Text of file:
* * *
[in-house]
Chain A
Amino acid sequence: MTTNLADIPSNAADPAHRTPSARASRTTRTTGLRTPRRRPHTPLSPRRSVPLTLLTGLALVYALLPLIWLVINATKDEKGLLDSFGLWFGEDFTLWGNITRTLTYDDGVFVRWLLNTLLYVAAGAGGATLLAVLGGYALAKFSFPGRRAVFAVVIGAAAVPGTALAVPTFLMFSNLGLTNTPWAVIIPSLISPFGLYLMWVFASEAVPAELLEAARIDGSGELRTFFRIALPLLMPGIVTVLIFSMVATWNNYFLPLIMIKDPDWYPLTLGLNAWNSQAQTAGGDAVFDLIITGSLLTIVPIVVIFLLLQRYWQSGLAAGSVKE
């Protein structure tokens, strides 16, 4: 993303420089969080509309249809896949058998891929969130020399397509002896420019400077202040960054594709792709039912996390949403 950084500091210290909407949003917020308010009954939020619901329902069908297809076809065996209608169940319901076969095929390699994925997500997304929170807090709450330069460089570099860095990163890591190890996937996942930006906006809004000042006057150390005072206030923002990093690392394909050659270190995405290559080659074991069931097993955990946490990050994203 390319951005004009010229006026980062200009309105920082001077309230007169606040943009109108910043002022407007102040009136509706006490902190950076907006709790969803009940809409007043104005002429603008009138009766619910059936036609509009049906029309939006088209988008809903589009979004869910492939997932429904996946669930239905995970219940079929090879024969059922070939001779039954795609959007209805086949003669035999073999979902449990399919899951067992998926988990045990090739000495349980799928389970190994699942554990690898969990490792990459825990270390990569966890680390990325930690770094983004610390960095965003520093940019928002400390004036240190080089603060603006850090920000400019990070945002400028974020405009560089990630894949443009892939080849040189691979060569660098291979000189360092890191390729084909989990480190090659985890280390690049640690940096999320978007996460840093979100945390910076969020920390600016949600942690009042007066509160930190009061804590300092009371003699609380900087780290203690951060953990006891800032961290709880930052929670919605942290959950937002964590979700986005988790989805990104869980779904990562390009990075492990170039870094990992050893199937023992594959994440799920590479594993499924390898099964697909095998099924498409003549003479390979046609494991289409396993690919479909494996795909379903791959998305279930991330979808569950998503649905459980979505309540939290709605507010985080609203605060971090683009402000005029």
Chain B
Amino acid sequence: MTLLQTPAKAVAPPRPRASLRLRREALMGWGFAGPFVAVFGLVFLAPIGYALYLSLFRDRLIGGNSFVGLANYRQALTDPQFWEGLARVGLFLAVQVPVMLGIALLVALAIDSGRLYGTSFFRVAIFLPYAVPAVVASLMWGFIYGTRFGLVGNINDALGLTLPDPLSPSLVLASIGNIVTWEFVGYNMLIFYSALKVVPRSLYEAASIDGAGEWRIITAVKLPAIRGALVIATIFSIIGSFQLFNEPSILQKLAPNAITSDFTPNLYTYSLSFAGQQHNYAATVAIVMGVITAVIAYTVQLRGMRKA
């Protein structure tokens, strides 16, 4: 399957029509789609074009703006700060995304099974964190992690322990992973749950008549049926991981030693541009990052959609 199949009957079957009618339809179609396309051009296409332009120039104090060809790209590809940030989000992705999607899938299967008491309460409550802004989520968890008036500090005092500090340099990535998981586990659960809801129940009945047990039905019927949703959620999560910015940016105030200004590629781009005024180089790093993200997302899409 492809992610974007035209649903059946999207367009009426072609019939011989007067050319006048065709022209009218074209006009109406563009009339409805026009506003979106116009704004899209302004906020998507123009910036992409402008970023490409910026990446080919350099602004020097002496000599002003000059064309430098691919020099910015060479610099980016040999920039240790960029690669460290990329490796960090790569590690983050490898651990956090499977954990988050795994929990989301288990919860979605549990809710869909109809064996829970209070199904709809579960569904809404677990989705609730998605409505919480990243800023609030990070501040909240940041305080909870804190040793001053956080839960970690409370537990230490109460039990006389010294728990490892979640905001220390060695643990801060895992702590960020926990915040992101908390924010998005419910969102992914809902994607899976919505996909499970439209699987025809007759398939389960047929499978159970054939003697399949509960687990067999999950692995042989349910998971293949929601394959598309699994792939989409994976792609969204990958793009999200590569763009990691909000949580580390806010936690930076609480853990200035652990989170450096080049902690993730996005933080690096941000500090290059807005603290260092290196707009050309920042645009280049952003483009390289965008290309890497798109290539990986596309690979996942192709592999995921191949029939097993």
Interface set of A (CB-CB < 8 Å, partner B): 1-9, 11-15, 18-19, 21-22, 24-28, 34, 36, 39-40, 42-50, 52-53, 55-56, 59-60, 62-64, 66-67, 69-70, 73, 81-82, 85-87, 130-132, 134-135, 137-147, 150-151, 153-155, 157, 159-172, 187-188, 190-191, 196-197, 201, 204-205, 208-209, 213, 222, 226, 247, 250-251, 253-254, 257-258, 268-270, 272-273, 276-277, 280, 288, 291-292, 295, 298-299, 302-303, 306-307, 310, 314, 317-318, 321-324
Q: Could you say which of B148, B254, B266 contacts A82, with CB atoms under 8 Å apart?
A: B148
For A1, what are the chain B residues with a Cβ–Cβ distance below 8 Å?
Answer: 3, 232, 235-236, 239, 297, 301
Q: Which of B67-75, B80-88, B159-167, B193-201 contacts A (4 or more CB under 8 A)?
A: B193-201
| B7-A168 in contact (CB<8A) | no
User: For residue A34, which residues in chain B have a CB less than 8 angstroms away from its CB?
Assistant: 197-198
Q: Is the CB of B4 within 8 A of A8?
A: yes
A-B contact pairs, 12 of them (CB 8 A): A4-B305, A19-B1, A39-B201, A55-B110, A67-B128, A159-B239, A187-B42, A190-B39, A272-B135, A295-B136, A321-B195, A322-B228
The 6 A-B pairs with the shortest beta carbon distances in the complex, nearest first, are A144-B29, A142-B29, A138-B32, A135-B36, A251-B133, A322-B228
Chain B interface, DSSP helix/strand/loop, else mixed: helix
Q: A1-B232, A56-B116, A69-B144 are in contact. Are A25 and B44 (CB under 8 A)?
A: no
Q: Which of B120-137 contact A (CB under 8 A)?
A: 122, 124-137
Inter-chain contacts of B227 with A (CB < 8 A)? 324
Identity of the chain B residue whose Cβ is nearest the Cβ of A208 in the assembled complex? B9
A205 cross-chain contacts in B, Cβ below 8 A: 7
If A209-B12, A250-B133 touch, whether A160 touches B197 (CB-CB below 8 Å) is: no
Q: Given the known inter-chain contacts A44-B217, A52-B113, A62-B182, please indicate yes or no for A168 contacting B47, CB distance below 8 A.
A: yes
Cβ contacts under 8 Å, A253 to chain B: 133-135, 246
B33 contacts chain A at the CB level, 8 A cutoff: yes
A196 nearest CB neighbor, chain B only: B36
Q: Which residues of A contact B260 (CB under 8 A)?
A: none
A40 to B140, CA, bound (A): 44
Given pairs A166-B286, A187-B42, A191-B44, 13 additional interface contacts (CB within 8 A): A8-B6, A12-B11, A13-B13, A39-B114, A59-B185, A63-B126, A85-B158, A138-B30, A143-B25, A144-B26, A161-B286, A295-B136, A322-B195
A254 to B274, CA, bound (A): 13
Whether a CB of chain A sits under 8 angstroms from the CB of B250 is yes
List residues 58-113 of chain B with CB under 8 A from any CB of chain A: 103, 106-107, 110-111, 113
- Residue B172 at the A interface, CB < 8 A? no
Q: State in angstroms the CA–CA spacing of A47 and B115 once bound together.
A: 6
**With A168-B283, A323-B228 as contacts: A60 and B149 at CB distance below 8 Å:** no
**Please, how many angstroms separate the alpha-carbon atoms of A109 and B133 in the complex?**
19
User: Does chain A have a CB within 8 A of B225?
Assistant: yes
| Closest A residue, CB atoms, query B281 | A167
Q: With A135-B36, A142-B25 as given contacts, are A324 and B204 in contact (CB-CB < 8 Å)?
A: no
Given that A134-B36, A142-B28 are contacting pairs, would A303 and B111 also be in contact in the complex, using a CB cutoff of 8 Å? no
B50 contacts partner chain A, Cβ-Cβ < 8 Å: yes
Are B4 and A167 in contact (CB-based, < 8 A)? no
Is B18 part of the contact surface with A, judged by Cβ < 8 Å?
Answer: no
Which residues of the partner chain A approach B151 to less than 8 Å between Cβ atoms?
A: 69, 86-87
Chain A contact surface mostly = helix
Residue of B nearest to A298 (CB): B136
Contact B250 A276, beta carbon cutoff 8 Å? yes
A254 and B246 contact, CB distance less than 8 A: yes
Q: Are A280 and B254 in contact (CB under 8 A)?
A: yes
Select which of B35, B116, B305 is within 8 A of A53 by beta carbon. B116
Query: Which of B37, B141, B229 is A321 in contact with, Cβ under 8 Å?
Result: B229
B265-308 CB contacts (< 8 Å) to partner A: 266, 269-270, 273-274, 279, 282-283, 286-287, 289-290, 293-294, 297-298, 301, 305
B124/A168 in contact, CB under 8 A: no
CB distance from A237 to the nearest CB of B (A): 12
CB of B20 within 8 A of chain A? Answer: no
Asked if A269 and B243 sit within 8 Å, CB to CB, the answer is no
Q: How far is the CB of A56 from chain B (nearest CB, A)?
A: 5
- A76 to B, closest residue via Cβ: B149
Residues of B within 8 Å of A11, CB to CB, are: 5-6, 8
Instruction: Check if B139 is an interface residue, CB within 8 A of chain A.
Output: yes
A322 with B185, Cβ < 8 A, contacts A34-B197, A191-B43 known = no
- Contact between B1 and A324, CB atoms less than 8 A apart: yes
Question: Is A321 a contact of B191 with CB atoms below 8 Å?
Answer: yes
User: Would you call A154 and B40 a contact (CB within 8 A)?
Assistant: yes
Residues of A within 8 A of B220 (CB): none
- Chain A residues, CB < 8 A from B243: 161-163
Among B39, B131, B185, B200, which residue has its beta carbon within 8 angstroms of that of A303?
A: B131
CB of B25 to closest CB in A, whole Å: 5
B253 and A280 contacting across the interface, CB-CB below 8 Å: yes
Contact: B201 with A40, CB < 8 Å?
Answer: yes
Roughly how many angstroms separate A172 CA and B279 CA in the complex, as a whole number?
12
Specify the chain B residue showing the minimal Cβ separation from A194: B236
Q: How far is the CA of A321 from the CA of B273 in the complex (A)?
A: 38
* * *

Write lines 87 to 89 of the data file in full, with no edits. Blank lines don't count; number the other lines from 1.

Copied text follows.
Residues of A within 8 A of B220 (CB): none
- Chain A residues, CB < 8 A from B243: 161-163
Among B39, B131, B185, B200, which residue has its beta carbon within 8 angstroms of that of A303?